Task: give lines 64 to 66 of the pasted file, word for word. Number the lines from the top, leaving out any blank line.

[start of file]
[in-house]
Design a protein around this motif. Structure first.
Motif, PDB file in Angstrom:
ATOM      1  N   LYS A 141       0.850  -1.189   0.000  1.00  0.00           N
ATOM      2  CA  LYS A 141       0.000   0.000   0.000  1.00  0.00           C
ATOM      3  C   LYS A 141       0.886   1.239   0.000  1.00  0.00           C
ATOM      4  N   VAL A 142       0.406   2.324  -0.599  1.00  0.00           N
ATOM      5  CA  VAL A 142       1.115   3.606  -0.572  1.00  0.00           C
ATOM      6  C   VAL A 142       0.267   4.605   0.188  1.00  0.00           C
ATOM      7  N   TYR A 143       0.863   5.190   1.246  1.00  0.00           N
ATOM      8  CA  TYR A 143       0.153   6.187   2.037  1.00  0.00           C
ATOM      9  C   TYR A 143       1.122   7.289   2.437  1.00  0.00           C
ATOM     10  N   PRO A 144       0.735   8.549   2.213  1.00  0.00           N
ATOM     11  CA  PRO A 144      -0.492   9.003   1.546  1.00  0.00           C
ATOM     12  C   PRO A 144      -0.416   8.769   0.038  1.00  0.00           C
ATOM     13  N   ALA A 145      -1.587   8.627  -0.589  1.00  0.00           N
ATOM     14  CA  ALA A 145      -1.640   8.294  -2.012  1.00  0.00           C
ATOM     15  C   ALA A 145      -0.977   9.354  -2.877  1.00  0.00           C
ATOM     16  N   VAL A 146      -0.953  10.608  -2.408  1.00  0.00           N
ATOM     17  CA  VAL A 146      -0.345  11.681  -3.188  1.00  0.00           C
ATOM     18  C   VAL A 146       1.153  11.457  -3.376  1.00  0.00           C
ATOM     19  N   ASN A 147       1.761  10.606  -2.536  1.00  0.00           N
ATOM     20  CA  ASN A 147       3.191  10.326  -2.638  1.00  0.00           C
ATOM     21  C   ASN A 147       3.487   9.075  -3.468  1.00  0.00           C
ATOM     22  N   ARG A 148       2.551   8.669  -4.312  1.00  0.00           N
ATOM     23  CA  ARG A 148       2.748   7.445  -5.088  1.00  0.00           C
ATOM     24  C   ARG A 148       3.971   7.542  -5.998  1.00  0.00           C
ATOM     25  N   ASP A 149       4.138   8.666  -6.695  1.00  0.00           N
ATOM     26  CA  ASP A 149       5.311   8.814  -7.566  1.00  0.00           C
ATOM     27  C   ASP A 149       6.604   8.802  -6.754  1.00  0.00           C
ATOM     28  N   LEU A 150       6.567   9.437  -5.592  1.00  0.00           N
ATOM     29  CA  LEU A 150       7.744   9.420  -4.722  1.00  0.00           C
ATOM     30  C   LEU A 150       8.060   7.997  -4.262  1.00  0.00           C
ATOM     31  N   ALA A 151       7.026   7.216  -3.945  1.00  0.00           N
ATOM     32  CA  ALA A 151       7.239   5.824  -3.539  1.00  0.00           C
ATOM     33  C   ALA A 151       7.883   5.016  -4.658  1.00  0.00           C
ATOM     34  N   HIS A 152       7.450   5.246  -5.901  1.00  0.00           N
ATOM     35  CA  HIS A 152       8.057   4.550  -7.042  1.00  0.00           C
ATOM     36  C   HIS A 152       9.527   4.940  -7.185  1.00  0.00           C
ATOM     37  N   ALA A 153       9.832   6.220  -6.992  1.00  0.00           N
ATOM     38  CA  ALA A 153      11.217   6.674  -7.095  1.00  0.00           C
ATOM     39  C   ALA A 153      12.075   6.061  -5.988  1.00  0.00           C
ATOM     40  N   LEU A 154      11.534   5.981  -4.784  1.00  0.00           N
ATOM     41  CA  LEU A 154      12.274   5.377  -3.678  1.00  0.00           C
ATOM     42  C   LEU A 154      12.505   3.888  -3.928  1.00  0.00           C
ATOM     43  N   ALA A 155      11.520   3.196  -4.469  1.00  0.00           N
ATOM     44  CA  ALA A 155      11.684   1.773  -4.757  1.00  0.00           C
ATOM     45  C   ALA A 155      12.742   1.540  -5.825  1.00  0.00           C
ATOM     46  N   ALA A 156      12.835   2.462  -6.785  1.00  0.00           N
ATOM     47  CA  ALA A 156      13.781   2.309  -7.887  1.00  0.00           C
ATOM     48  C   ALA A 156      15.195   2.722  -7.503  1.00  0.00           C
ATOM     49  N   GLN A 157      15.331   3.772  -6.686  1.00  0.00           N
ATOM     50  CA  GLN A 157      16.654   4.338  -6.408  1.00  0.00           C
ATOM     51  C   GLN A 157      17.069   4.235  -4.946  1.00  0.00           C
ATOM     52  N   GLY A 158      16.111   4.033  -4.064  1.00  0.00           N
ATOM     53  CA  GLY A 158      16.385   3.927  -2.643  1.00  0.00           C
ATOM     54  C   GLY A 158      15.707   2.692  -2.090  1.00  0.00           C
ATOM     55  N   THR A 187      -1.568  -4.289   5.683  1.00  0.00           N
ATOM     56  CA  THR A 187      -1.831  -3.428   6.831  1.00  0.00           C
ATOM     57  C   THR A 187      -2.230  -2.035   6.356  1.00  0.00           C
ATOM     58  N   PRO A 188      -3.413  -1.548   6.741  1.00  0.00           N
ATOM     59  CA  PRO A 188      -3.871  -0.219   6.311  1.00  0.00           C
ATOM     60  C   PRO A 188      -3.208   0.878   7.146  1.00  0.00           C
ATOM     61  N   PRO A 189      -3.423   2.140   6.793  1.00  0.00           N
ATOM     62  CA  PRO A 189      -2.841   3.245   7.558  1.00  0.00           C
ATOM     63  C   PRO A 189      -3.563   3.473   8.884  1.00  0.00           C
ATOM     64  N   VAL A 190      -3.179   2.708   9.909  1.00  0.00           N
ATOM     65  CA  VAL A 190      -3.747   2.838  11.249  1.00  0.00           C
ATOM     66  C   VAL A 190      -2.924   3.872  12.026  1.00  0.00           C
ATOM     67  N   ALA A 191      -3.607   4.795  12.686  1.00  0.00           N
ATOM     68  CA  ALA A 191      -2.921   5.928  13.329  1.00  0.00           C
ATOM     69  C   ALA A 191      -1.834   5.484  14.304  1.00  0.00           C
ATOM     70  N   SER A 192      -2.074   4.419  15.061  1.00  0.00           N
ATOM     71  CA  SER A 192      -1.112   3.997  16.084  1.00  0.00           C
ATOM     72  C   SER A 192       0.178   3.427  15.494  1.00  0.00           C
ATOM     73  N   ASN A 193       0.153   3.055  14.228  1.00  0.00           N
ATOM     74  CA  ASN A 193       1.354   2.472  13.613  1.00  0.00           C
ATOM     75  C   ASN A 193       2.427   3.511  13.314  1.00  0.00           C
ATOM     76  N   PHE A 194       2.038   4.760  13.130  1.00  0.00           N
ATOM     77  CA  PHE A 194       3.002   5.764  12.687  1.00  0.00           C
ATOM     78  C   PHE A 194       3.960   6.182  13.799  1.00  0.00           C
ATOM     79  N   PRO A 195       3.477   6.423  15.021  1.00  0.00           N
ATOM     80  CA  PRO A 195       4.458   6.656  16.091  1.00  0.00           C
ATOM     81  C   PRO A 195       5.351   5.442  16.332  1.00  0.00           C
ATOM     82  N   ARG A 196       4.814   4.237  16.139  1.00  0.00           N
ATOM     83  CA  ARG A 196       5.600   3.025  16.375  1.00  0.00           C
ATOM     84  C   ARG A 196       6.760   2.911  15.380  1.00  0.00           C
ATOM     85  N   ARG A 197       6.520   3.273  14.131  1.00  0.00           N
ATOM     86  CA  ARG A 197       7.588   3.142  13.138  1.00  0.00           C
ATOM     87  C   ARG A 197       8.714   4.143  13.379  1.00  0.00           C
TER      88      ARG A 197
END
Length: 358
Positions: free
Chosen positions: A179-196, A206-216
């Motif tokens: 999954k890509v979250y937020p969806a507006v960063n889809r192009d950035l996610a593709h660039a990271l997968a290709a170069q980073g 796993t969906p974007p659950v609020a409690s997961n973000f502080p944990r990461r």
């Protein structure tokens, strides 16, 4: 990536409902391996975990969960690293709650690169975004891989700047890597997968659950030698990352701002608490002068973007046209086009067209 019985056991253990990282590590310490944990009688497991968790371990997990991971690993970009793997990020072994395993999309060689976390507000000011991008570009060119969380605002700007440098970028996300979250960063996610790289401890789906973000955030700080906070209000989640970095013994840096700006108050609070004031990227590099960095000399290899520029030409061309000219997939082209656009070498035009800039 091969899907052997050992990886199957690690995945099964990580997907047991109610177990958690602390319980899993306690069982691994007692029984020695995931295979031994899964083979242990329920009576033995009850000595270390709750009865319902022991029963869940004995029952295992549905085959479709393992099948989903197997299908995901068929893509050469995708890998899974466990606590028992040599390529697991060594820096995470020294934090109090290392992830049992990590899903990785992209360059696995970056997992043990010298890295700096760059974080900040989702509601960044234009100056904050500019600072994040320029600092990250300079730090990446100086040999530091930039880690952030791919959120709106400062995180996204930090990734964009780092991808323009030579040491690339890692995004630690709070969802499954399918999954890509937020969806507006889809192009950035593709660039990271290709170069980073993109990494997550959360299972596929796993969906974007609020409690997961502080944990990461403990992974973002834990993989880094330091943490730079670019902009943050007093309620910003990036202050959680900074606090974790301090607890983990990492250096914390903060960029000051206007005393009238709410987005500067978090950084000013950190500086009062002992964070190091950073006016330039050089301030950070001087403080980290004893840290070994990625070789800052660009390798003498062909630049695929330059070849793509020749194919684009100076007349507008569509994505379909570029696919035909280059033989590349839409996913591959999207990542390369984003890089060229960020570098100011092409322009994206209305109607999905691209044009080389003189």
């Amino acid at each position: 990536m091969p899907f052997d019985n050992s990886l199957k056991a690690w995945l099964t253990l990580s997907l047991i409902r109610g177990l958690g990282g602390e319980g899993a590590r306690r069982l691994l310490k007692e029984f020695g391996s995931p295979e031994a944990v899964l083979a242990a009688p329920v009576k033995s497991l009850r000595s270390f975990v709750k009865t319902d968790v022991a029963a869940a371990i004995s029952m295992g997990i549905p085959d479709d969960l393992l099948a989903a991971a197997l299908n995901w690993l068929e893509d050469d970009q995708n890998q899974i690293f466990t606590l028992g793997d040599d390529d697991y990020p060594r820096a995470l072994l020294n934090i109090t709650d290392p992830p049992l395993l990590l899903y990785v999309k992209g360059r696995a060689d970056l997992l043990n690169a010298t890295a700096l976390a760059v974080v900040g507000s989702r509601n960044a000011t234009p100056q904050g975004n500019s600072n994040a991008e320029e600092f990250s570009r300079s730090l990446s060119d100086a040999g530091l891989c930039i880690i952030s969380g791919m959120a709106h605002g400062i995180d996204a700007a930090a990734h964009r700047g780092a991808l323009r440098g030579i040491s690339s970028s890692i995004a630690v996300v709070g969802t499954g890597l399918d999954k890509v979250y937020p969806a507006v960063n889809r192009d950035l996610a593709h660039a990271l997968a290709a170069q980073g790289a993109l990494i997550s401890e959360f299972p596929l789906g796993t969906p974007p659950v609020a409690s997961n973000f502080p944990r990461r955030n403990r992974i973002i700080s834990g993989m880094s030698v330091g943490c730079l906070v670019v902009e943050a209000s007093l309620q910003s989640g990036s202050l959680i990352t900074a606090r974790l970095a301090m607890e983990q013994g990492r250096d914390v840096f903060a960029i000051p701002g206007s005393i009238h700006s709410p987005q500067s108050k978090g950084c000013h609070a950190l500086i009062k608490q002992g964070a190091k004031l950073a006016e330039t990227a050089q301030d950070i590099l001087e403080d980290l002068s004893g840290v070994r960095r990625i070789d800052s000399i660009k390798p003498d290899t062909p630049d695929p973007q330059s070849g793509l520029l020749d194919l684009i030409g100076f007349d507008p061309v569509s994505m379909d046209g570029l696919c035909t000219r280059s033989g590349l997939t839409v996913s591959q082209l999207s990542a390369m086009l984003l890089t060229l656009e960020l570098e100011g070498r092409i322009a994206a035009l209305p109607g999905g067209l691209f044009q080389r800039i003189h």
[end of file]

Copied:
ATOM     61  N   PRO A 189      -3.423   2.140   6.793  1.00  0.00           N
ATOM     62  CA  PRO A 189      -2.841   3.245   7.558  1.00  0.00           C
ATOM     63  C   PRO A 189      -3.563   3.473   8.884  1.00  0.00           C